A side note: you can actually adjust the camera focal length in the game settings. As a fan of wide-angle shooting, this ostensibly minor change drastically improves my gameplay experience. Another side note: this game could be a useful tool for learning image composition, especially if you don’t have a camera.

Culture & Politics

This video is set to started at 33:05 for clarification, but Q&A (53:00) specifically pertains to my commentary.

There is an article at Bangkok Post here, which sums up major discussion points. However, I recommend full viewing, as it demonstrates how Thailand can be perceived so negatively on an international scale.

The junta prime minister, Gen. Prayuth Chan-Ocha, has consistently struggled with public perception concerning his (lack of) efficiency and competence, and his appointees here are showing why. Some farangs may be chalking the issue up to a language barrier. However, as a native Thai speaker, I can attest that this dismissive attitude is quite representative of how they have addressed domestic and international outcries.

This “debate” did little to ease the suspicion among expats that TM30 is yet another ploy to collect extra pocket money. That aside, the most troubling part is how they rationalize it. Pitfalls and shortcomings have gone unaccounted. Note how Gen. Patipat keeps describing how the web-based submission platform is intended to work, after people are telling him how it is not working. At times, the blame is shifted toward the users (e.g. for not submitting documents properly, despite that the complaint is the unresponsiveness after submitting applications). But the most infuriating part is what I often encounter during conflicts with fellow Thais. It’s the get-out-of-jail-free card for being “the good guy” (khon dee/คนดี).

While “good” is a concept that objectively exists in all cultures, its meanings are subjective to the culture it belongs. In Thai culture, being “good” is a highly personalistic. Among its many qualities is a good intention, but not necessarily a good result. Any shortcomings, any pitfalls — dismissed by insisting upon good intentions. Amusingly, I am reminded of Max Weber’s fear that capitalistic bureaucracy will lead to overrationalization. That people will submit to it blindlessly because of its efficiency. “Khon dee” bureaucracy somehow results in a highly stratified society sans the efficiency, yet still demands blind submission due to its authority. It’s the downside of a ironically self-focused culture that thrives on downplaying not only the self, but the personal experiences of others.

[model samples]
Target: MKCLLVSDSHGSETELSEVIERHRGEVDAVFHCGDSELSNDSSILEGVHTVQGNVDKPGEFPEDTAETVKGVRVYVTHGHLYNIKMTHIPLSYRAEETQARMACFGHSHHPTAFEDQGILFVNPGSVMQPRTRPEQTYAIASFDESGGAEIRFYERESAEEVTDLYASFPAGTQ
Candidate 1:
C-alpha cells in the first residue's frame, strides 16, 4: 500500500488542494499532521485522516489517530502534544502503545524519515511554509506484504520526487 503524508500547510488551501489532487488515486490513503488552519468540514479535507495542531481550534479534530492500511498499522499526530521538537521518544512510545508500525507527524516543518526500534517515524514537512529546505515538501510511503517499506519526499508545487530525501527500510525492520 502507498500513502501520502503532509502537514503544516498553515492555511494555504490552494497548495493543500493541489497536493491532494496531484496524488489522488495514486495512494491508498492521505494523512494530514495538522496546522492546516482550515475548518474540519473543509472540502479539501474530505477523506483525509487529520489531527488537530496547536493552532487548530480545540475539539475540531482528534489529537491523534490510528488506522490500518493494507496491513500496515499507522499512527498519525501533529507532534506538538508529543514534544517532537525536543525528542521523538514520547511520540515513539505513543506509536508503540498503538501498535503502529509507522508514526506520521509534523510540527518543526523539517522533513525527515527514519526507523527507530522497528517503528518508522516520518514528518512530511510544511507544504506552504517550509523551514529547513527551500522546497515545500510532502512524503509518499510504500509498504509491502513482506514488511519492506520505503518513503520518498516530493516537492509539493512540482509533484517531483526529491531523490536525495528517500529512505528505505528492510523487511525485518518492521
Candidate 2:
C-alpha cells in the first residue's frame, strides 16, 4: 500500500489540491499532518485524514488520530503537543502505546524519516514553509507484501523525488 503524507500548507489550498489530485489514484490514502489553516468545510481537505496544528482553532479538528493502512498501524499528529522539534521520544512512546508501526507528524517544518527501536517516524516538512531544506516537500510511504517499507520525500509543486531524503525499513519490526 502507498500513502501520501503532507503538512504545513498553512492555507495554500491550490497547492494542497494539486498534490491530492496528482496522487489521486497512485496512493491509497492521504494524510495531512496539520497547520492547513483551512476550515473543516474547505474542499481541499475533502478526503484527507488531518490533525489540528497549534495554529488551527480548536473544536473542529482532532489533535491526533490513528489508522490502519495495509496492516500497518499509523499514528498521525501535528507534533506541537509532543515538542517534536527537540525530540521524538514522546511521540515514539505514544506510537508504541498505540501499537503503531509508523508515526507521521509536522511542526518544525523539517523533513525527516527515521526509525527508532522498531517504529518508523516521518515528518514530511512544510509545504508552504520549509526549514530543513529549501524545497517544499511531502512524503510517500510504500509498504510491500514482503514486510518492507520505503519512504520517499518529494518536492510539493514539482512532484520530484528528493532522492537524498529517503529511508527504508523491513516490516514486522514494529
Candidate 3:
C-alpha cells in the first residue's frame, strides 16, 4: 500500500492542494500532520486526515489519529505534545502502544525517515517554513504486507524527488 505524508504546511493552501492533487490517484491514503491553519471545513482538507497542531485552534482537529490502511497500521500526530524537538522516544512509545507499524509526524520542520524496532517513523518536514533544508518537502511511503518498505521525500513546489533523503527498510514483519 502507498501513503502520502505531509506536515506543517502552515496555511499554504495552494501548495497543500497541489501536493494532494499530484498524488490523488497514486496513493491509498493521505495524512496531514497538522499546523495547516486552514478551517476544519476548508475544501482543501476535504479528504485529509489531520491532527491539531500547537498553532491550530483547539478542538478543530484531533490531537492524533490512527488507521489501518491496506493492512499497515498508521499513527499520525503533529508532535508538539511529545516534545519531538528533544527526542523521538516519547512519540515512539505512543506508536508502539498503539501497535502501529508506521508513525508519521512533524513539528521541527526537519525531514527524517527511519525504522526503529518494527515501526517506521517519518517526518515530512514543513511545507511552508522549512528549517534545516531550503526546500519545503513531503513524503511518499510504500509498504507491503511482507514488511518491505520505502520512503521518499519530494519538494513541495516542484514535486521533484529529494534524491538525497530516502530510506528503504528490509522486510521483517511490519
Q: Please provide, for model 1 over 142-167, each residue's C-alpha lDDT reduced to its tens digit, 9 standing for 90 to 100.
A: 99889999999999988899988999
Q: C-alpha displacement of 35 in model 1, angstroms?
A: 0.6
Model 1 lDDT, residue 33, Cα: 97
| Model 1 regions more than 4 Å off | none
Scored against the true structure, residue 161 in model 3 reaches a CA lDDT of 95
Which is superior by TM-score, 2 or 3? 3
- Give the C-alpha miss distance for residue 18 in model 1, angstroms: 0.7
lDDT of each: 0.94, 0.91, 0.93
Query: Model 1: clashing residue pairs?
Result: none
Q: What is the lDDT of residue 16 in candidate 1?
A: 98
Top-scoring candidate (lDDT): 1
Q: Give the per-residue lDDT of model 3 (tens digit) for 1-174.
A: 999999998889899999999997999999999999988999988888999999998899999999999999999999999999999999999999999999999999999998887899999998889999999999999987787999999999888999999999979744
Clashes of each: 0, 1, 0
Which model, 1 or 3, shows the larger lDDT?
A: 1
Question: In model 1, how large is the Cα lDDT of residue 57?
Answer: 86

Prime Minister Prayut Chan-o-cha answers a question during a talk at the Asia Society in New York on Wednesday. (Photo from @ThaigovSpokesman Facebook account)

Years ago I remember being annoyed by a moment in this React clip. It shows a group of Youtubers reacting to a Thai music video. At one point, a (notably half-Thai) Youtuber remarks on how she’s glad to see that “people in Thailand are watching Youtube.” Can you imagine if a half-German, or half-Spain, or half-Australian say such thing? Thailand may not be Singapore-level developed, but it’s also far from being a deadlocked country with little contact with other nations. Especially considering tremendous role that western nations have played in Thailand’s modernization and globalization. Same goes for many other countries in the region. Yet somehow there still remains a perception that technology plays little part in people’s lives.

It’s even worse when our own prime minister is the one perpetuating the myth, which swiftly spawns numerous satirical cartoons. It’s baffling, considering how fake news is painted as a top national issue. Threats were made to journalists “who would not report the truth.” Yet in 2019, the junta-chief-now-prime-minister declares to international audience how a majority of Thais don’t use Google. Maybe, in celebration of Thailand’s Ministry of Digital Economy and Society, Gen. Prayuth Chan-Ocha deserves the honor of being crowned the example of what not to do. All measured by his own standards.